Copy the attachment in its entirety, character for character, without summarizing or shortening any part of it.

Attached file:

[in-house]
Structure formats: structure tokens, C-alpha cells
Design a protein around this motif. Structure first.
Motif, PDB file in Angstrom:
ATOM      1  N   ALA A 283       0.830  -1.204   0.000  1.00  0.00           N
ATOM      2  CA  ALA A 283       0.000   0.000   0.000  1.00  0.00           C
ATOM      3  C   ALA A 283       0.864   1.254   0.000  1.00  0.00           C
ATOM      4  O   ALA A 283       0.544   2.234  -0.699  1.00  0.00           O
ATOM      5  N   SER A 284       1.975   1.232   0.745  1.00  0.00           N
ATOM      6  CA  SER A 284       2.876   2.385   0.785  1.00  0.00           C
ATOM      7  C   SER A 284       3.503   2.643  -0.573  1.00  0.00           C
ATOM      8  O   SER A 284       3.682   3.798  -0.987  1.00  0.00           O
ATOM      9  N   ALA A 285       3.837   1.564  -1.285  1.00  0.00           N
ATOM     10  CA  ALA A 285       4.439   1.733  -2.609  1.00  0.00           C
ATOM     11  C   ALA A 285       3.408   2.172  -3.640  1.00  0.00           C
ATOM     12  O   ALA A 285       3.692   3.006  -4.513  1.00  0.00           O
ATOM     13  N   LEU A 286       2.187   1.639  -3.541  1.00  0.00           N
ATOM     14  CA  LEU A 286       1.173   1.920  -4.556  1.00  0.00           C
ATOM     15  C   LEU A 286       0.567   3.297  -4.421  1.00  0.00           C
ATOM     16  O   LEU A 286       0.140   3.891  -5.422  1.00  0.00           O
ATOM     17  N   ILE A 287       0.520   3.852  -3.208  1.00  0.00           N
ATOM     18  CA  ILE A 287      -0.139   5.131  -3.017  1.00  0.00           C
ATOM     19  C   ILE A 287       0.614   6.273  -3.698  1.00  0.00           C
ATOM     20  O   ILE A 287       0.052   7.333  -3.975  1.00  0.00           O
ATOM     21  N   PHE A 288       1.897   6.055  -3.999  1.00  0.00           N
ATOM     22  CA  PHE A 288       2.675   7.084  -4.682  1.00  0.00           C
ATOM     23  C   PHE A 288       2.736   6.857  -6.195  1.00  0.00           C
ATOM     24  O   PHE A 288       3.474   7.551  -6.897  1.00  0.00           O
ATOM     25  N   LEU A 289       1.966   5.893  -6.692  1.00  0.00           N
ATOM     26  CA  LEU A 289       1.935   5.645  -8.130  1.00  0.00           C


[in-house]
Structure formats: structure tokens, C-alpha cells
Design a protein around this motif. Structure first.
Motif, PDB file in Angstrom:
ATOM      1  N   ALA A 283       0.830  -1.204   0.000  1.00  0.00           N
ATOM      2  CA  ALA A 283       0.000   0.000   0.000  1.00  0.00           C
ATOM      3  C   ALA A 283       0.864   1.254   0.000  1.00  0.00           C
ATOM      4  O   ALA A 283       0.544   2.234  -0.699  1.00  0.00           O
ATOM      5  N   SER A 284       1.975   1.232   0.745  1.00  0.00           N
ATOM      6  CA  SER A 284       2.876   2.385   0.785  1.00  0.00           C
ATOM      7  C   SER A 284       3.503   2.643  -0.573  1.00  0.00           C
ATOM      8  O   SER A 284       3.682   3.798  -0.987  1.00  0.00           O
ATOM      9  N   ALA A 285       3.837   1.564  -1.285  1.00  0.00           N
ATOM     10  CA  ALA A 285       4.439   1.733  -2.609  1.00  0.00           C
ATOM     11  C   ALA A 285       3.408   2.172  -3.640  1.00  0.00           C
ATOM     12  O   ALA A 285       3.692   3.006  -4.513  1.00  0.00           O
ATOM     13  N   LEU A 286       2.187   1.639  -3.541  1.00  0.00           N
ATOM     14  CA  LEU A 286       1.173   1.920  -4.556  1.00  0.00           C
ATOM     15  C   LEU A 286       0.567   3.297  -4.421  1.00  0.00           C
ATOM     16  O   LEU A 286       0.140   3.891  -5.422  1.00  0.00           O
ATOM     17  N   ILE A 287       0.520   3.852  -3.208  1.00  0.00           N
ATOM     18  CA  ILE A 287      -0.139   5.131  -3.017  1.00  0.00           C
ATOM     19  C   ILE A 287       0.614   6.273  -3.698  1.00  0.00           C
ATOM     20  O   ILE A 287       0.052   7.333  -3.975  1.00  0.00           O
ATOM     21  N   PHE A 288       1.897   6.055  -3.999  1.00  0.00           N
ATOM     22  CA  PHE A 288       2.675   7.084  -4.682  1.00  0.00           C
ATOM     23  C   PHE A 288       2.736   6.857  -6.195  1.00  0.00           C
ATOM     24  O   PHE A 288       3.474   7.551  -6.897  1.00  0.00           O
ATOM     25  N   LEU A 289       1.966   5.893  -6.692  1.00  0.00           N
ATOM     26  CA  LEU A 289       1.935   5.645  -8.130  1.00  0.00           C